Fighting to Keep Movies as Their Makers Intended : Arts: A nonprofit group that battles against film alteration will hold a three-day symposium starting Wednesday to debate this and related issues.


The Artists Rights Foundation wants you to know that the movies you’re watching on television and on video may not be the same movies your friends raved about after seeing them in theaters.

After films leave theaters, they may be compressed, cut and colorized before they make it to the small screen.

Such tinkerings have long stuck in the craws of directors, cinematographers and other artists who worked on the film, yet altered copies of their films carry no record of their objections.


That may be about to change. The nonprofit Artists Rights Foundation, which was incorporated in 1989 with support from the creative guilds, grew partly out of the debate in the ‘80s over colorization of classic black-and-white movies. The organization is now concerned with all types of film alteration, and it will hold the first International Artists Rights Symposium, on Wednesday, Thursday and Friday at the Hotel Nikko, to debate this issue.

The symposium will include panels on the rights of filmmakers as artists, the effect emerging technologies will have on film alteration, and the consumer’s right to know about how films may have been changed. Panelists will include director Milos Forman and Disney studio chairman Jeffrey Katzenberg, as well as other film artists, studio executives and intellectual property experts.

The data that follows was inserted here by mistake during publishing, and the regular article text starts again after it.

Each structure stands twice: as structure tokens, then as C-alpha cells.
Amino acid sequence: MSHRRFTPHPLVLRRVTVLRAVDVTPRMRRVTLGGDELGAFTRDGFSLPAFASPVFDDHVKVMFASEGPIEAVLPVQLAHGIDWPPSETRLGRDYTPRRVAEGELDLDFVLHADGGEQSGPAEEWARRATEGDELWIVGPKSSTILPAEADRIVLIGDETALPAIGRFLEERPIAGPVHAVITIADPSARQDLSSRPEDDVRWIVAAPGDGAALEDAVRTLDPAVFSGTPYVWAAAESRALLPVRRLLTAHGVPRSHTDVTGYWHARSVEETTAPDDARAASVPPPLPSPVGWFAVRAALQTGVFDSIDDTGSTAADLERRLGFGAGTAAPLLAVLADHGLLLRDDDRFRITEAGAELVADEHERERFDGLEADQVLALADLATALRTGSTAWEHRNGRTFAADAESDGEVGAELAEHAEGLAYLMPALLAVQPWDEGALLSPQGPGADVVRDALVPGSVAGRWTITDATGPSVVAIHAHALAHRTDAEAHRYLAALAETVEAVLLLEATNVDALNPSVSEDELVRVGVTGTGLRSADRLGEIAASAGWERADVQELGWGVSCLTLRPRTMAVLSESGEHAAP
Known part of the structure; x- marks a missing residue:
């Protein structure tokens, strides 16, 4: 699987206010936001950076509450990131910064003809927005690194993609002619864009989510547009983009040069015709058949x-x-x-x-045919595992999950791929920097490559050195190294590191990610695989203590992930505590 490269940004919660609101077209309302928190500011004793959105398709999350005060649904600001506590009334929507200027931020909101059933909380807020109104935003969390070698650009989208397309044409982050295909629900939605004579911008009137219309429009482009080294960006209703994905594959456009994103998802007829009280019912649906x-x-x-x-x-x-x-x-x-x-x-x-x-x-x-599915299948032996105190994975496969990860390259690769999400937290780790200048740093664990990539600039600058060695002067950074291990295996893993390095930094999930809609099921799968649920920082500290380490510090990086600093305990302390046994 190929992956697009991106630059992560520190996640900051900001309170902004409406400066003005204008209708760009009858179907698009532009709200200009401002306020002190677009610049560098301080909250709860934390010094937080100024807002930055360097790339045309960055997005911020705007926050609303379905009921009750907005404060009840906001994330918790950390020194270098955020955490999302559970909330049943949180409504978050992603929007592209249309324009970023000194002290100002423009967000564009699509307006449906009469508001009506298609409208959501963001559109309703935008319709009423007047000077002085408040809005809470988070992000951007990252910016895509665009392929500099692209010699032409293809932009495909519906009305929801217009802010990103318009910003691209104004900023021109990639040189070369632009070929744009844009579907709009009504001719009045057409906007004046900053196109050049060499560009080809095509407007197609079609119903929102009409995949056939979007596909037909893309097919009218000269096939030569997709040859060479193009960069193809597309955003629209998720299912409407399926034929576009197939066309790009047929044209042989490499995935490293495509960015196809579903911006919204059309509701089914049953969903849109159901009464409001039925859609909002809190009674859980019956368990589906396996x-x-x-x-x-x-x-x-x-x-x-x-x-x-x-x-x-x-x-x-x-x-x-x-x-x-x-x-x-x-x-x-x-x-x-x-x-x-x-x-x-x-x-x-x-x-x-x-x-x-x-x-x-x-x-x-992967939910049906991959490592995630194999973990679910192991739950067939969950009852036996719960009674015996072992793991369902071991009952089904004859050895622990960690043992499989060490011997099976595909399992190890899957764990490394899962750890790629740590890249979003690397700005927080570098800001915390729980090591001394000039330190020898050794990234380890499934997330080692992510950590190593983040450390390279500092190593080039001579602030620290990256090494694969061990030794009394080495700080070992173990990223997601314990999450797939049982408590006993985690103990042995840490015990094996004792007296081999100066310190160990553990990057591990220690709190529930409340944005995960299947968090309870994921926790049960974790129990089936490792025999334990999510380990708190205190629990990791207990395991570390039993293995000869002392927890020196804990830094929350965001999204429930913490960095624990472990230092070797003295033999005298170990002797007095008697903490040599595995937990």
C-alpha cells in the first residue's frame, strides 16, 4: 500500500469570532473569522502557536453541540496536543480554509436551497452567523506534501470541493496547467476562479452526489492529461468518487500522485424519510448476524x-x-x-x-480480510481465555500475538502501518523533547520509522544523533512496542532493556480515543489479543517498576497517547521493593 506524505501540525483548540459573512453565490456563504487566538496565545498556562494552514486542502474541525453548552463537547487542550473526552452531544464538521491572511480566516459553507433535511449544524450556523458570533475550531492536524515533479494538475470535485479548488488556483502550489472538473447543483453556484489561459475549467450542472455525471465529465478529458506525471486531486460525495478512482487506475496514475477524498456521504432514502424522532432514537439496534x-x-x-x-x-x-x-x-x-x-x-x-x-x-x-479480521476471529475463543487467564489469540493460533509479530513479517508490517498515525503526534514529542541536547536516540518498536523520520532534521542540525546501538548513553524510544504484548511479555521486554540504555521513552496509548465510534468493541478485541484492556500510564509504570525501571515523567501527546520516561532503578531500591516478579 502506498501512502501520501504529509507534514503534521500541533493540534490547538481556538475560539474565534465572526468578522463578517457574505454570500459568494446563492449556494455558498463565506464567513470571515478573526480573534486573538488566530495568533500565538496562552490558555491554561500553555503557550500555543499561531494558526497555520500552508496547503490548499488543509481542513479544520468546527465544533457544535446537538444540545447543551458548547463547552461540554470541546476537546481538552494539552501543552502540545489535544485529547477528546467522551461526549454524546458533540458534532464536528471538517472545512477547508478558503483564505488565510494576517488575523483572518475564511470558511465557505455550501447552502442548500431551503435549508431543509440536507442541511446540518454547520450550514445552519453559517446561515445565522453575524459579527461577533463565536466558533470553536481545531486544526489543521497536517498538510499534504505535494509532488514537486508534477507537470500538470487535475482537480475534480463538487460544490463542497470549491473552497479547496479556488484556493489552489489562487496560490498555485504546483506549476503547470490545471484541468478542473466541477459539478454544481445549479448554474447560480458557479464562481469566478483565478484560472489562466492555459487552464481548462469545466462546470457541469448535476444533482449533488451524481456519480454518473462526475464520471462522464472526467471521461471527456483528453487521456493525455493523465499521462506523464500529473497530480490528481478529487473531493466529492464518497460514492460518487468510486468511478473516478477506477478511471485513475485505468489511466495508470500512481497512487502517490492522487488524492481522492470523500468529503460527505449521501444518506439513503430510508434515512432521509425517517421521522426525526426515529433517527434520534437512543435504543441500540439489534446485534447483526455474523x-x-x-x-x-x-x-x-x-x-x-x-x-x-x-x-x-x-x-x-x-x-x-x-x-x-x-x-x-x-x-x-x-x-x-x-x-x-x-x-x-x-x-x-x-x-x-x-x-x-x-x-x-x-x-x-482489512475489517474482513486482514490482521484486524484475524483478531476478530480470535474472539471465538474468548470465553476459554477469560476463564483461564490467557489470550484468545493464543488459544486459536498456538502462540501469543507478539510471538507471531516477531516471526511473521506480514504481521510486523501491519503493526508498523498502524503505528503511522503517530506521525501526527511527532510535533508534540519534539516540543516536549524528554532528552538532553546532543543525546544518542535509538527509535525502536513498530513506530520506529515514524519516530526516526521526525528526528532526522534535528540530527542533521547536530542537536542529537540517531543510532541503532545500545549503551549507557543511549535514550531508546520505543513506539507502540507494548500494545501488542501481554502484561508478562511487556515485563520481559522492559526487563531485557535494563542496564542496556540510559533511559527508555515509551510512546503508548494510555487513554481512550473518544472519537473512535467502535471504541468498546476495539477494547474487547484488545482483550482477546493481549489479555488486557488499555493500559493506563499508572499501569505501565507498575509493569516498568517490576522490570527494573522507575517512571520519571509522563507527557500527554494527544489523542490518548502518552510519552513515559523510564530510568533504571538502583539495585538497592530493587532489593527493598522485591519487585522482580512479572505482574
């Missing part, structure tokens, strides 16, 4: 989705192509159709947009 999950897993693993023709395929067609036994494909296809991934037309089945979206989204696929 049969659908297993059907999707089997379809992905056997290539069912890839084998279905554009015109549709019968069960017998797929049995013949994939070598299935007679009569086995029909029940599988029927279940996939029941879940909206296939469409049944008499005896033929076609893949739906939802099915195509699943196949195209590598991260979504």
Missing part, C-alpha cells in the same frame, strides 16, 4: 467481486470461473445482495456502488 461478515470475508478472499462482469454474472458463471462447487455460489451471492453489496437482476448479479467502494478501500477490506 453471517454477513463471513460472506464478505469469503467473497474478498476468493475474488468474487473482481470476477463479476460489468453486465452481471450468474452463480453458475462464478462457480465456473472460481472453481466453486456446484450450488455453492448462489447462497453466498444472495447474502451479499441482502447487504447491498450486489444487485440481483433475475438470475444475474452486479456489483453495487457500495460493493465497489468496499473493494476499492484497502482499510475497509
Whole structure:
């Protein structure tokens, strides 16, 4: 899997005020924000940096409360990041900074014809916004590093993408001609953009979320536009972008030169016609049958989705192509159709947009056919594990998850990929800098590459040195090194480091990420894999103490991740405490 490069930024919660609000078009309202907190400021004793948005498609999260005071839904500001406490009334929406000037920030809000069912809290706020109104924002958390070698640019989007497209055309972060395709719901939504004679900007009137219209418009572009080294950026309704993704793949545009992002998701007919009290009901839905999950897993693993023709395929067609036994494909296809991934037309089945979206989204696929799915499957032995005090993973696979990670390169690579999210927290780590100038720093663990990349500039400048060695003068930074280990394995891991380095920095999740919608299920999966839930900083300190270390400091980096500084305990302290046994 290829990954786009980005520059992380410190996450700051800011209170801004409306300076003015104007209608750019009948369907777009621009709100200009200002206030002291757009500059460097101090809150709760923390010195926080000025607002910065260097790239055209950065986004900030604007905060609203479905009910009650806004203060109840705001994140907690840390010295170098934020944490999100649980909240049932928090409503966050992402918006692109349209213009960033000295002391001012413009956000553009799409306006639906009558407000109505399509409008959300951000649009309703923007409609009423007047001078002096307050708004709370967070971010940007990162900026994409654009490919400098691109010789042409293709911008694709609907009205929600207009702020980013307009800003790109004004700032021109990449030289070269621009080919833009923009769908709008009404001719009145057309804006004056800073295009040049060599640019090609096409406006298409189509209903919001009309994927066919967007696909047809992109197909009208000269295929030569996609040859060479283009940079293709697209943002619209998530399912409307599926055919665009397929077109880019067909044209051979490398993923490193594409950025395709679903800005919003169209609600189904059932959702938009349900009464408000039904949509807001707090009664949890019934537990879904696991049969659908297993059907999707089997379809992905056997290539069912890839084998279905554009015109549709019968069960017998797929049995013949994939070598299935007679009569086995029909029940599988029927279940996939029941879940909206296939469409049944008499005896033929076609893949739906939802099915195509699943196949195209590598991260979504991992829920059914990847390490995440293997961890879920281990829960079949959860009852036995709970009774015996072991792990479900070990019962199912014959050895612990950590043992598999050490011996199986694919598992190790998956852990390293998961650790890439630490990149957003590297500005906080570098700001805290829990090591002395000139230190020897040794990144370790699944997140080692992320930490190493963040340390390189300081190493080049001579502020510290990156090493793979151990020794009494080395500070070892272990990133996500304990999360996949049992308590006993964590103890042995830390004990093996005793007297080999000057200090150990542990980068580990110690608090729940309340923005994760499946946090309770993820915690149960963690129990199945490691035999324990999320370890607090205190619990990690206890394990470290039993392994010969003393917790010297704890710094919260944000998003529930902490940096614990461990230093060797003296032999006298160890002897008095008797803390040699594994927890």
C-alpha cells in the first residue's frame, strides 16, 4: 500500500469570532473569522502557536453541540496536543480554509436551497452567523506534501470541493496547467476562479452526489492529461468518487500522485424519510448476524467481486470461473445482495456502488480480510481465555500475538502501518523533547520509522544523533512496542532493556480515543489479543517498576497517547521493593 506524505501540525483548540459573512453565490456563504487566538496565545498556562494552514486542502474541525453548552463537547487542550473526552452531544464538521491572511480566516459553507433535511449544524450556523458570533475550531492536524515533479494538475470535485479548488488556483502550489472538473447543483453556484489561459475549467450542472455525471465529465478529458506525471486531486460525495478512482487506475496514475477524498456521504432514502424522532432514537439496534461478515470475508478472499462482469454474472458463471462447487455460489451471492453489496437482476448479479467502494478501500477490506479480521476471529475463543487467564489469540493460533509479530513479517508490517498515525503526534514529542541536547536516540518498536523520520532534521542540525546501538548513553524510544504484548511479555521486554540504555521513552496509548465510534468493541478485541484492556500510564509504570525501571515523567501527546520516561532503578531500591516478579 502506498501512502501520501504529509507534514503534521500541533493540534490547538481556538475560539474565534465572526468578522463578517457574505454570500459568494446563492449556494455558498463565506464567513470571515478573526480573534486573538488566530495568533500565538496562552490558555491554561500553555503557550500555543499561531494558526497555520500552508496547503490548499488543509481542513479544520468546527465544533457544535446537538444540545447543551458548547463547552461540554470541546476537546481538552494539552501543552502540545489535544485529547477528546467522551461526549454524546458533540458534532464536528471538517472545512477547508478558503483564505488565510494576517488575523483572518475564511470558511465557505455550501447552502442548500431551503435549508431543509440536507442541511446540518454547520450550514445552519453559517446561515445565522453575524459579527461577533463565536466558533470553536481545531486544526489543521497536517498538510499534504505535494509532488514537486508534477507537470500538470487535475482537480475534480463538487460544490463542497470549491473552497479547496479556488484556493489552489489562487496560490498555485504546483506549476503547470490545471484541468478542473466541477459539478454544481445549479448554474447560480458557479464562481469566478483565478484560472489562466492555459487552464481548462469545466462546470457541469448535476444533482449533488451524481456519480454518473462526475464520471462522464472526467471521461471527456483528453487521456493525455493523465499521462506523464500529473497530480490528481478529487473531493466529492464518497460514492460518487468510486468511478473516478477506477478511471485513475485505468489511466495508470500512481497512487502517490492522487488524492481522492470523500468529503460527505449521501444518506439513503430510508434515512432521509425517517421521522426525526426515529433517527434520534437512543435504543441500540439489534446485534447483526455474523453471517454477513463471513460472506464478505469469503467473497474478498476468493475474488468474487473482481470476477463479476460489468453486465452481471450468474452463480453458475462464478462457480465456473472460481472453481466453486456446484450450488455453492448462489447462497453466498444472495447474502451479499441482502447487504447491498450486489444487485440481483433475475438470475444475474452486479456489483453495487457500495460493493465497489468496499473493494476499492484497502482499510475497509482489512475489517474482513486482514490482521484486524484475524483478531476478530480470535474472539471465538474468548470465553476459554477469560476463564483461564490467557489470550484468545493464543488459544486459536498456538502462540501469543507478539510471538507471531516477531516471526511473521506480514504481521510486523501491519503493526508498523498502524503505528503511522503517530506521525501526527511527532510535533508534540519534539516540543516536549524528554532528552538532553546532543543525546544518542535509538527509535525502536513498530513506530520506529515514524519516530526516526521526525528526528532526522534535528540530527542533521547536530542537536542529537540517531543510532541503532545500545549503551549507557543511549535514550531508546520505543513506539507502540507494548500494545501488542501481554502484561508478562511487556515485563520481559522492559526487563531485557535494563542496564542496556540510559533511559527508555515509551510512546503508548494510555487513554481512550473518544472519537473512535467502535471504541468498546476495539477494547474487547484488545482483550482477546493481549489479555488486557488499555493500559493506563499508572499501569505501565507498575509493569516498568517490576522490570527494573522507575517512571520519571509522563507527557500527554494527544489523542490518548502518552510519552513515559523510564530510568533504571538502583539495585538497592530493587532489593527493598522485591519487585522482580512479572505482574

The event will conclude Friday with a dinner hosted by Steven Spielberg, George Lucas and Anjelica Huston, at which Spielberg will present the recently created John Huston Award for Artists Rights to director Fred Zinnemann.

Under U.S. law, the copyright holder of a work generally is considered to be its legal author and has complete control over it. Those who hold a film’s copyright legally have the right to change it in almost any way they wish.

Awarding legal authorship of a film to its owner--in the case of a film, to the studio rather than its director, writer or producer--is “the same as saying the Pope painted the Sistine Chapel,” said Frank Pierson, a member of the foundation’s board of trustees and the president of the Writers Guild of America West. “We would like to see a situation where a film is recognized as the work of the creators of the film.”

The Artist Rights Foundation argues that alterations to films damages their artistic integrity; it is currently lobbying Congress to pass the Film Disclosure Act, which would require altered versions of films to carry labels clearly explaining how they were changed.

The Motion Picture Assn. of America, which represents the major studios, says this system of copyright ownership encourages investment in film by enabling copyright owners to make the changes necessary to put their films on the small screen, thereby helping to guarantee a return on a risky investment.


“If you inject into this another area of uncertainty, the money will be diminished,” said Jack Valenti, president of the MPAA. “The only way you can survive in the marketplace is to move briskly through videotape, pay-per-view, cable (and) television.”

The MPAA recently began a system to voluntarily label altered films, but the Artists Rights Foundation says those labels don’t offer enough information.

* The Artists Rights Foundation symposium will be held at the Hotel Nikko, 465 S. La Cienega Blvd., Los Angeles. The symposium and the dinner are open to the public. Cost is $125 per day or $300 for all three days. Tickets to the John Huston Award dinner are $250 each. For reservations, call (310) 246-2012.